So we all understand that only making it accessible from all points will not make the square a lively place. The ramps and staircases certainly made the square accessible from vertical surfaces, but the horizontal facets of the square also needed to be taken care of.

The old paving slab of the square, which became risky due to overloading, was replaced by concrete squares, making it a safer place.

Place des Droits de l’Homme. Credit: B+C Architectes

Place des Droits de l’Homme. Credit: B+C Architectes

A new, dynamic pattern of paving was introduced in that area to make it an interesting, interactive and attractive square. The giant checkerboard of 3.5×3.5m concrete pavers form an organized grid, producing a pixelated and sporty look to the surface of the square.

The colored, reinforced concrete pavers of blue and yellow bring a sober look to the whole square, while the combination of different shades of blue gives a vibrant yet soothing look to the square.

Since the square is enclosed with public buildings, to accentuate the entrances of these surrounding buildings, a different yellowish-brown patterned paving was introduced.

Thus, the patterns of the paving system clearly define the entrances and the horizontal surface of the whole square. Moreover, the LEDs insertion in the pavers light up the square at night.

Place des Droits de l’Homme. Credit: B+C Architectes

Place des Droits de l’Homme. Credit: B+C Architectes

The Micro Gardens

The use of concrete pavers amidst the concrete jungle was equalized by introducing biomass — the micro gardens. A richer diversity of trees and plants, starting from deciduous trees like maple and a variety of flowering species, along with evergreens, are inserted in the micro gardens. The micro gardens were arranged to take up 4 ‘pixels’ of the checkerboard.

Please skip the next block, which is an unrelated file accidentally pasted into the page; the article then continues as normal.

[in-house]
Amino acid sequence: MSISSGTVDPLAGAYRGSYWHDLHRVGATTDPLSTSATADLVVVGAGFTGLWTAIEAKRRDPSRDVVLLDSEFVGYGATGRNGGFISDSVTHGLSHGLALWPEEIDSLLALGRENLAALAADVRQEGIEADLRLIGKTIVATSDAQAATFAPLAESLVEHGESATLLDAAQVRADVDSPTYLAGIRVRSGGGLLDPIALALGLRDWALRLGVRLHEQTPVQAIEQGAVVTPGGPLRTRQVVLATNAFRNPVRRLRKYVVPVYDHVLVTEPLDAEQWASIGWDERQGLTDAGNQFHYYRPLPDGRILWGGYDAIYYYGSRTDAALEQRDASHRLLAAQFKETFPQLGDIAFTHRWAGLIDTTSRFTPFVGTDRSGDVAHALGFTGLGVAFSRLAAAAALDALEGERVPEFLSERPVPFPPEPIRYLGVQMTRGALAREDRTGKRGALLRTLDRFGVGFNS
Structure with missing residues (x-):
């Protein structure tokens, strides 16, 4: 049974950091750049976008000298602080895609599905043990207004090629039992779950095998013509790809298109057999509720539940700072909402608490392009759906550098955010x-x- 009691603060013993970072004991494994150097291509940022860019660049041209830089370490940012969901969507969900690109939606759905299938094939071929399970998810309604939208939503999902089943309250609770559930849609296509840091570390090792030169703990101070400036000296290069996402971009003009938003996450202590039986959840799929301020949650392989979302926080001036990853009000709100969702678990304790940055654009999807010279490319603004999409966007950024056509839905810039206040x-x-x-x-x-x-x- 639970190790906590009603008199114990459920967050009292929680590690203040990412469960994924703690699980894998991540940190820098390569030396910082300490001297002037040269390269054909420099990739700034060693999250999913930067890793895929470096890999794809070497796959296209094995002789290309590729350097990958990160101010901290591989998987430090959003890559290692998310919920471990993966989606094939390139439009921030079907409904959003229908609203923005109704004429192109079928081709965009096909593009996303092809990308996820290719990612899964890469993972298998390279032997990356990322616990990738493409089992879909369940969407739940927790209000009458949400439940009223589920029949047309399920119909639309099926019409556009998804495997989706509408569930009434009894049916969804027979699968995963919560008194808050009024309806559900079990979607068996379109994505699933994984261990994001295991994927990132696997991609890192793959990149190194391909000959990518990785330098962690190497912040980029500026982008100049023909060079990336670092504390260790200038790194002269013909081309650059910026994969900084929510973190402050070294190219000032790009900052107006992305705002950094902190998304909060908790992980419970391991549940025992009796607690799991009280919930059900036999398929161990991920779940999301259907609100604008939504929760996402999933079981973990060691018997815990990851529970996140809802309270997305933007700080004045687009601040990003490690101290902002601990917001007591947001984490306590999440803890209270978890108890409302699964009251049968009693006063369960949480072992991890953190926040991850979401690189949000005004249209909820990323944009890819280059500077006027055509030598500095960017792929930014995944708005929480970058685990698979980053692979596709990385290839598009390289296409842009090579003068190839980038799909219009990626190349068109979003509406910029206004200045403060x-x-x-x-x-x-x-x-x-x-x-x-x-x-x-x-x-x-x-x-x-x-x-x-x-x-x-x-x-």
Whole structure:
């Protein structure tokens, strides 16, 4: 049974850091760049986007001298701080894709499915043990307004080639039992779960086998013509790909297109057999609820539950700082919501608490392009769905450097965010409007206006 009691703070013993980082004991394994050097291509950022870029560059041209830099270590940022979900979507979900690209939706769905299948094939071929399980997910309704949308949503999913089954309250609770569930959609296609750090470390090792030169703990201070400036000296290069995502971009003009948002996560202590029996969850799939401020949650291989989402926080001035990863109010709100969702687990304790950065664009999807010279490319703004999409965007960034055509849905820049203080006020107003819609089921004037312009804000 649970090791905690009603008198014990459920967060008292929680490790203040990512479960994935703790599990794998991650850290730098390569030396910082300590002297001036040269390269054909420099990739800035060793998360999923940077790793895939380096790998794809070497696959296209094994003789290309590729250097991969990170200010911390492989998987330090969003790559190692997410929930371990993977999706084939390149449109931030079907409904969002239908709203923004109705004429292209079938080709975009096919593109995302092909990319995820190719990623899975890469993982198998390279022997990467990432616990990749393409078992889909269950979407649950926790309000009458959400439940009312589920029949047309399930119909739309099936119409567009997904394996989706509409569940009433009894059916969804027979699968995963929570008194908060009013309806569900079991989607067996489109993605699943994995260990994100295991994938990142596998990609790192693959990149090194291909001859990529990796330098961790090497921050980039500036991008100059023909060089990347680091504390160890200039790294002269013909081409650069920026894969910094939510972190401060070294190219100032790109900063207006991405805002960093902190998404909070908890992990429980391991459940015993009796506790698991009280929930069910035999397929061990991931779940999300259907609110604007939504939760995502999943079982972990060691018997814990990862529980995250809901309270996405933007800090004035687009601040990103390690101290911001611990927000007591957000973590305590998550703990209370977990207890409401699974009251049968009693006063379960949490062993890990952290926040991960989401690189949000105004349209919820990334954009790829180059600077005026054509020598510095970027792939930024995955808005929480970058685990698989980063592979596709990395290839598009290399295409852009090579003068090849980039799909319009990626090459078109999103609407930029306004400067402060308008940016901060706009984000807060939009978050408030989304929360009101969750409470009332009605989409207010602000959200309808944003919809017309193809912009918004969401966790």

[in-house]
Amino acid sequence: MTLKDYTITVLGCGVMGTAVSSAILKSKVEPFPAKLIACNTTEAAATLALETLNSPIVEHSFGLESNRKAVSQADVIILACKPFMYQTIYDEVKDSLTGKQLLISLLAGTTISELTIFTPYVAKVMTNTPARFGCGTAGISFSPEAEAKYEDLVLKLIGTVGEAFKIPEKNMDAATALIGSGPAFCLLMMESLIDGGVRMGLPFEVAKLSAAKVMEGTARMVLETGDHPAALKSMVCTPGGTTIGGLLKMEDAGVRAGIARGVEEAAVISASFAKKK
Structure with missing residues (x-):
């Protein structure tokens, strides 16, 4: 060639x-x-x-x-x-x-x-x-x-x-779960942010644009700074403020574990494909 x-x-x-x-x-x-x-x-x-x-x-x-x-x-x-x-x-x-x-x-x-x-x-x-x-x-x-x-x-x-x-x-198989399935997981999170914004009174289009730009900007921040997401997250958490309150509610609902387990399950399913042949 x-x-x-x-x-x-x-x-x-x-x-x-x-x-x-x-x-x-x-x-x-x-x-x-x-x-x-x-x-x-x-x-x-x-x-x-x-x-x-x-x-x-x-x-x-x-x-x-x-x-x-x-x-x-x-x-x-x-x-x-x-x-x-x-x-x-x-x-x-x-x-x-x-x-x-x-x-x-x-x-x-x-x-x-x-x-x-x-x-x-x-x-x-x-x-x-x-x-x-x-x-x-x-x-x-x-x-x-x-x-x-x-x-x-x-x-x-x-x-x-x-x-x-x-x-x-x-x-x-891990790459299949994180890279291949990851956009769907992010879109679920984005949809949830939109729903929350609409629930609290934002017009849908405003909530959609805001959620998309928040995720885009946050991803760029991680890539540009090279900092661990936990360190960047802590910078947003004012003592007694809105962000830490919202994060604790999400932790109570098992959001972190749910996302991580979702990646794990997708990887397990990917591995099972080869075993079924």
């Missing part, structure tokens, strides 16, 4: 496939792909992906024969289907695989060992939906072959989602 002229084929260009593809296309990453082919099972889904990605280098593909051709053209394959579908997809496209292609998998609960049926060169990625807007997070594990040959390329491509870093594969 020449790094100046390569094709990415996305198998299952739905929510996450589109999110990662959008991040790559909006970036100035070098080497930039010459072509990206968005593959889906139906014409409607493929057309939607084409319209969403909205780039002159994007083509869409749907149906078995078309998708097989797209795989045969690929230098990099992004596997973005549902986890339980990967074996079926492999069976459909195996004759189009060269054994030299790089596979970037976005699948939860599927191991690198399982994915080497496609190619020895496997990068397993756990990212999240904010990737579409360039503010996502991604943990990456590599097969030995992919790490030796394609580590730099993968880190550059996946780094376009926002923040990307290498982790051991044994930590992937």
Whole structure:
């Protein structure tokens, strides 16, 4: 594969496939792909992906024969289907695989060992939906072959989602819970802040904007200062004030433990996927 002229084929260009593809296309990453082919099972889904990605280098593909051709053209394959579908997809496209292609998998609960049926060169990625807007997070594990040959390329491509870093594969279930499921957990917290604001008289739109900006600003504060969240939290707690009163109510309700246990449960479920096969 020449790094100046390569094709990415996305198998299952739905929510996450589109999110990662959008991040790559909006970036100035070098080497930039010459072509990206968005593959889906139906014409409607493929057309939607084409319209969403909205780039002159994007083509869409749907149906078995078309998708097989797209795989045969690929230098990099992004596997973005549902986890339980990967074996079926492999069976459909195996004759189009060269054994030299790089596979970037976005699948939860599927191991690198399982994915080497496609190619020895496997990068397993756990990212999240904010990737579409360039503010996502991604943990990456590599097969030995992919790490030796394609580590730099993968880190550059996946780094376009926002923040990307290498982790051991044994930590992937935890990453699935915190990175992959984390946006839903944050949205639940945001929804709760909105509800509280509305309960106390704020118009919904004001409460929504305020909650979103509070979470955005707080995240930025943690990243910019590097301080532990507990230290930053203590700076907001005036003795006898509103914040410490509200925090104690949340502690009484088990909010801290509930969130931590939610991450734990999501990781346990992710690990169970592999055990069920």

Since the square was aimed to house multiple events, it was a great idea to design mobile micro gardens; these micro gardens can be transported by forklifts depending on the occasion.

Place des Droits de l’Homme. Credit: B+C Architectes

Place des Droits de l’Homme. Credit: B+C Architectes

Alongside the micro gardens, the wooden seats were designed to provide opportunities for people to relax, interact, or to simply spend time indulging in the beauty of nature.

The square which was once an ignored space is now the breathing space of the town.

The Multifunctional Square

The city squares demand to be multifunctional. As the design firm stated, “When “empty” the square has to vibrate day or night. When “filled” the square has to send signals of its organization with people densities varying according to use.The design approach rightfully serves these purposes as the square can become a civic square by day,

Place des Droits de l’Homme. Credit: B+C Architectes

Place des Droits de l’Homme. Credit: B+C Architectes

The design approach rightfully serves these purposes as the square can become a civic square by day, urban forum by night, a marketplace for special events, a flea market, or a public plaza linking the theater, mediatheque and town hall.

Place des Droits de l’Homme gives us inspiration about how a totally unused, disconnected place was linked to its surroundings to become an important part of the urban realm and how the use of a dynamic paving pattern brings a new outlook to the mournful space.

Do you think this project has achieved its goal of revitalizing the city square? Share your comments below.

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Place des Droits de l’Homme. Credit: B+C Architectes

Place des Droits de l’Homme. Credit: B+C Architectes

Full Project Credits For Place des Droits de l’Homme Vibrant Plaza:

Project Name: Place des Droits de l’Homme
Location: Tremblay-en-France
Budget: 13.6M €
Date of Completion: 2011
Client: COMUNE DI TREMBLAY-EN-FRANCE
Project Size: 3000m2